Location: North Platte, Nebraska - Location: 41:07:26N 100:45:54W Elevation: 2800 feet
Date: May 12, 1847
Buffalo could still be seen from time to time, but the vast herds surrounding the Mormon pioneers in previous days had melted away -- apparently drifting east toward better grass.
Evidence of the enormous herds was on every side, from the bare prairie eaten clean of most grass, to the bones of those who died in other years.
"The valley we traveled through this day may be called "The Valley of Dry Bones," because of the immense number of bleached buffalo bones," Thomas Bullock said.
During the day, Luke Johnson and Phineas Young rode up to report a recent slaughter of buffalo on the nearby prairie, apparently the work of Indians.
The hunters counted more than 100 buffalo, including many calves, lying dead on the prairie. The animals had been skinned, some of the meat removed, the tongues cut out and the bones broken to extract the marrow.
The majority of the meat was simply left on the prairie to rot -- "a great waste of animal life," Bullock lamented. Such scenes occasionally encountered by the pioneers indicate the Indians did not always make maximum use of the buffalo they killed, as they are generally credited in most history books.
Perhaps, when buffalo became more scarce in later years because of the staggering slaughter by white men, the Indians made more efficient use of all parts of the large animals.
Norton Jacob said hunters also found carcasses of another 30 to 40 buffalo calves on the bank of the Platte River. The young animals apparently had been crushed to death during a stampede across the river while being chased by Indians.
After the Mormon pioneer company broke camp at 9 a.m. this day, the wagons crossed some "vast beds of salt, or rather dust with a salt taste," William Clayton wrote. "It looks something like dirty flour." Wilford Woodruff, who had dismounted from his horse to look around the bluffs north of the trail, had to give chase on foot when the animal trotted away.
While running after the uncooperative horse, and possibly muttering under his breath, he discovered the abandoned remains of a big Sioux Indian camp. There were ruins of several hundred lodges and many pieces of buffalo robes and other animal skins.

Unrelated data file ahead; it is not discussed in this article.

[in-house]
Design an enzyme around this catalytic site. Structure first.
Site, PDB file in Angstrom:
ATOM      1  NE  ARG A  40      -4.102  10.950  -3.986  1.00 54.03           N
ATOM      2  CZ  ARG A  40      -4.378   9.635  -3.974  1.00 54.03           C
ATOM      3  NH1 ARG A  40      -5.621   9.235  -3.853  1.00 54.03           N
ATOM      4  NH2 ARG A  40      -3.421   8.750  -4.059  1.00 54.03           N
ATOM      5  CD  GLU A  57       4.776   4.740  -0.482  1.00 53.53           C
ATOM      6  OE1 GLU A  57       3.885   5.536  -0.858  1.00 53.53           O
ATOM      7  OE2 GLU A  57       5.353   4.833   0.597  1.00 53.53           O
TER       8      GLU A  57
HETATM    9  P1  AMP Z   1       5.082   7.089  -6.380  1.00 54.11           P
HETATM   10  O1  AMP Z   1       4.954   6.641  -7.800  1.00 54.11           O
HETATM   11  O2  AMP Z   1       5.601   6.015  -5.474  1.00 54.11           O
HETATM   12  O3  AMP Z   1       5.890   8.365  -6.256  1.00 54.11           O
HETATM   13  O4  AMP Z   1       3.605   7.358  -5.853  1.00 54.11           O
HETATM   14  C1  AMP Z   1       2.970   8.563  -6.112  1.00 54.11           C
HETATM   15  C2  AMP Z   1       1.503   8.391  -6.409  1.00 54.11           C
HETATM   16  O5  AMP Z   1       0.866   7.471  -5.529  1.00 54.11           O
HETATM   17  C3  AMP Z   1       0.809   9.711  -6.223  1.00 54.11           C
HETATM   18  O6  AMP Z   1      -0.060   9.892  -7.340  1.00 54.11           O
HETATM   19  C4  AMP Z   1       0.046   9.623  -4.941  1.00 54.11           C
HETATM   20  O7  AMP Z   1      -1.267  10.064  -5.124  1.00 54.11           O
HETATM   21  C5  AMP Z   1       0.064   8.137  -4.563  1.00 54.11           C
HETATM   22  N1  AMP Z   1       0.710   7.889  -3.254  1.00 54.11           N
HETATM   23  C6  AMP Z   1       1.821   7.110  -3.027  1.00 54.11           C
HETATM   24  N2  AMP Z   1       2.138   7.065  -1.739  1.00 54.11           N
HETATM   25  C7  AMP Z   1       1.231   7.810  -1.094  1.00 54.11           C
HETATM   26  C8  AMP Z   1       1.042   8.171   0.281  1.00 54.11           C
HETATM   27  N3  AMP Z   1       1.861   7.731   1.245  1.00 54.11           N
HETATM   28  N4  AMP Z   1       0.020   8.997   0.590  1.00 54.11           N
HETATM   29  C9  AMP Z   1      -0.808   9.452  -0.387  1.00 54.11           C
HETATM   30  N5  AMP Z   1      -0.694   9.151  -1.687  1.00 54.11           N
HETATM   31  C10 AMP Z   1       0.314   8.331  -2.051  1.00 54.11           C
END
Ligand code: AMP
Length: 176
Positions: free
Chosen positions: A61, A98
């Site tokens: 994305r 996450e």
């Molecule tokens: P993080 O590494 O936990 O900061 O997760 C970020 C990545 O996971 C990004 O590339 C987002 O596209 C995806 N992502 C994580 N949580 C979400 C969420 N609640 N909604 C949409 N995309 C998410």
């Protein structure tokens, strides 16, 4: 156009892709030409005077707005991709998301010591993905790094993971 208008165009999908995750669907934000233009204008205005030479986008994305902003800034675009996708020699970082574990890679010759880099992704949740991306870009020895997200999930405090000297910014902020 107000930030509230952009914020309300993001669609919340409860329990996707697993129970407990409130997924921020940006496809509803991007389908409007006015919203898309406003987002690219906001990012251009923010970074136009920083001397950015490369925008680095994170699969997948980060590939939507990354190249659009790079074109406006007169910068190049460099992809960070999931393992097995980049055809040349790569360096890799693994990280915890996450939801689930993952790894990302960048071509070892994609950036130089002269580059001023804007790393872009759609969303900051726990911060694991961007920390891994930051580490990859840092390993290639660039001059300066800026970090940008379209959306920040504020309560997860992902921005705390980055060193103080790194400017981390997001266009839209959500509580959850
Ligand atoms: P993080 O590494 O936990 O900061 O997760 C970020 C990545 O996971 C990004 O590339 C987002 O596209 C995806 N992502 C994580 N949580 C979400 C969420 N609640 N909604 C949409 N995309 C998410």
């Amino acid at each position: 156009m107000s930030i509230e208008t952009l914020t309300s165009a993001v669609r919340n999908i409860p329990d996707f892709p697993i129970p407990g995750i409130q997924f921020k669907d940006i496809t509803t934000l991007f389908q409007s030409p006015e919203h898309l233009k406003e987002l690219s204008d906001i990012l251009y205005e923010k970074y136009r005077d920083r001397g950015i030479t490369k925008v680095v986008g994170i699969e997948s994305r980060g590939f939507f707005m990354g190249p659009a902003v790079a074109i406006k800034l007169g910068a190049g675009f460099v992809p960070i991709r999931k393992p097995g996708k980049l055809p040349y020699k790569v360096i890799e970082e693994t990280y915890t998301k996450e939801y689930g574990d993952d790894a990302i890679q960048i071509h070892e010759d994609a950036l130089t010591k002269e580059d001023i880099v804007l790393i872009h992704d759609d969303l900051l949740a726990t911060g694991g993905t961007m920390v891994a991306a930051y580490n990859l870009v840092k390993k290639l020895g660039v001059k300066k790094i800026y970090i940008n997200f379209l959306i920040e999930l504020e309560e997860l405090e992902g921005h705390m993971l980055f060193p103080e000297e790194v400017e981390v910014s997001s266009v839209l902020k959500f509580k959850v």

Woodruff left his gun in the empty camp in order to better chase the horse, which finally was caught with the help of another pioneer on horseback. On his return he picked up the rifle and also "a good dressed white wolf skin."
The company camped that night some distance past the junction where the Platte River divided into north and south branches, gradually bearing away from each other.
"We traveled 12 miles according to Clayton" s roadometer," Bullock said.
This device had been finished by Appleton Harmon and mounted on a wagon wheel, thus relieving Clayton of the wearisome task of counting revolutions of a wheel to keep accurate track of how far the pioneers marched each day.
The campsite for the pioneers this night was northwest of the future site of the town of North Plane. The community began when a trading post was opened in 1866 to serve the railhead. The place quickly acquired a population of more than 2,000.
But it suffered the same fate as many railhead boom towns. As the rails pushed further west, most of the town went with it, buildings and all. Only 20 structures were left in 1867. The community later became a division point on the Union Pacific railroad and grew steadily despite a disasterous prairie fire in 1893.
Just west of North Platte is the former home of William Cody, popularly known as Buffalo Bill. He got his famous nickname by killing 4,280 animals in 17 months as part of a contract to deliver meat to railroad construction workers in Kansas just after the Civil War.
Cody later went on the stage and then created a wild west show which toured much of the world and made him a celebrity. He did much to create the legend of the American cowboy. His old home is now the Buffalo Bill Ranch State Historical Park.Source: 111 Days to Zion © Copyright 1997 Big Moon Traders and Hal Knight. All rights reserved. No part of this book may be reproduced or utilized in any form or by any means, electronic or mechanical, including photocopying, recording or by any information storage and retrieval system, without permission in writing from the publisher. This includes educational uses.